Atty. Gen. Holder defends seizure of AP’s telephone records
WASHINGTON — Atty. Gen. Eric H. Holder Jr. strongly defended the far-reaching probe in the disclosure of security information by the Associated Press and said American lives were jeopardized when the wire service revealed details of a foiled plot to detonate a bomb on a U.S.-bound airplane last year.
“It put the American people at risk,” he said, “and that is not hyperbole. And trying to determine who is responsible for that requires aggressive action.” He added that this was one of the “top two or three most serious leaks I’ve ever seen.”
The attorney general appointed Ronald C. Machen Jr., the U.S. attorney in Washington, D.C., to investigate the national security leak. Holder said he recused himself from the matter after the FBI interviewed him in the case last May or June. In his place, he said, Deputy Atty. Gen. James M. Cole has been overseeing the investigation at the Department of Justice.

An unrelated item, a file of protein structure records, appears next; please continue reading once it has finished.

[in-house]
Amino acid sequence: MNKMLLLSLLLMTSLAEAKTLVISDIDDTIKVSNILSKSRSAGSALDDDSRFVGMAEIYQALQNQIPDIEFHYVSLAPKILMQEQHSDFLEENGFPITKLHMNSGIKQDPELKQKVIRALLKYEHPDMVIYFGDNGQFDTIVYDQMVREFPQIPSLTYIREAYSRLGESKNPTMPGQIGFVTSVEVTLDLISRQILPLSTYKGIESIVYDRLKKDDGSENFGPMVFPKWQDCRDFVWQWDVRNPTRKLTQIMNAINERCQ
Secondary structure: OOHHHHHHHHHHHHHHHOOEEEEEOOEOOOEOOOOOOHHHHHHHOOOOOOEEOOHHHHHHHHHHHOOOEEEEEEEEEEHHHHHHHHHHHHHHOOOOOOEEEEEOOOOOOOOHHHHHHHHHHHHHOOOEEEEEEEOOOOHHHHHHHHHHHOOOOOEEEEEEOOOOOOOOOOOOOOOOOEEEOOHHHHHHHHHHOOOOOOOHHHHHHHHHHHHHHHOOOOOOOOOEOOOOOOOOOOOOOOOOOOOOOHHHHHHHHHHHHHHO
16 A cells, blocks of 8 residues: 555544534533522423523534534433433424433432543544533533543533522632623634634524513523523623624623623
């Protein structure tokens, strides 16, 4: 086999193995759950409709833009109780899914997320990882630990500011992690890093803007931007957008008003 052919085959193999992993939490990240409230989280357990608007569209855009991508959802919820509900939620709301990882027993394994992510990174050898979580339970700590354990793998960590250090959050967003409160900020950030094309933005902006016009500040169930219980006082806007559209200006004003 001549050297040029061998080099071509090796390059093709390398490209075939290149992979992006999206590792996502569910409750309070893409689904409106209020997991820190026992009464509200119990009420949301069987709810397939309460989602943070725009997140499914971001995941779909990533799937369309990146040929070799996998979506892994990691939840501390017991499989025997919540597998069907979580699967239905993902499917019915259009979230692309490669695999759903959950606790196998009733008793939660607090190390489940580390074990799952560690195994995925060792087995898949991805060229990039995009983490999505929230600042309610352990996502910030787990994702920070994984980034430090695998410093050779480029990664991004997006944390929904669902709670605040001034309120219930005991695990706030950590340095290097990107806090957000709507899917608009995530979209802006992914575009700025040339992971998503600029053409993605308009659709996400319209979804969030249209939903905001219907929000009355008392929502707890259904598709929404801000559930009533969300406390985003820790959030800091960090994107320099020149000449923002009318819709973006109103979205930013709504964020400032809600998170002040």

Because he stepped aside, Holder said he was not familiar with the status or details of the ongoing probe, but defended it nevertheless. He said it is being carried out “in conformance with DOJ regulations” and added, “I’m confident the people who are involved in this investigation followed all of the Justice Department regulations and did things according to DOJ rules.”
The AP, however, and a growing number of other media outlets have demanded that Justice officials return the phone toll logs from AP reporters and editors, and immediately explain why this “extraordinary action” was taken.
Federal prosecutors seized records of incoming calls from more than 20 telephone lines at the Associated Press, the wire service said.
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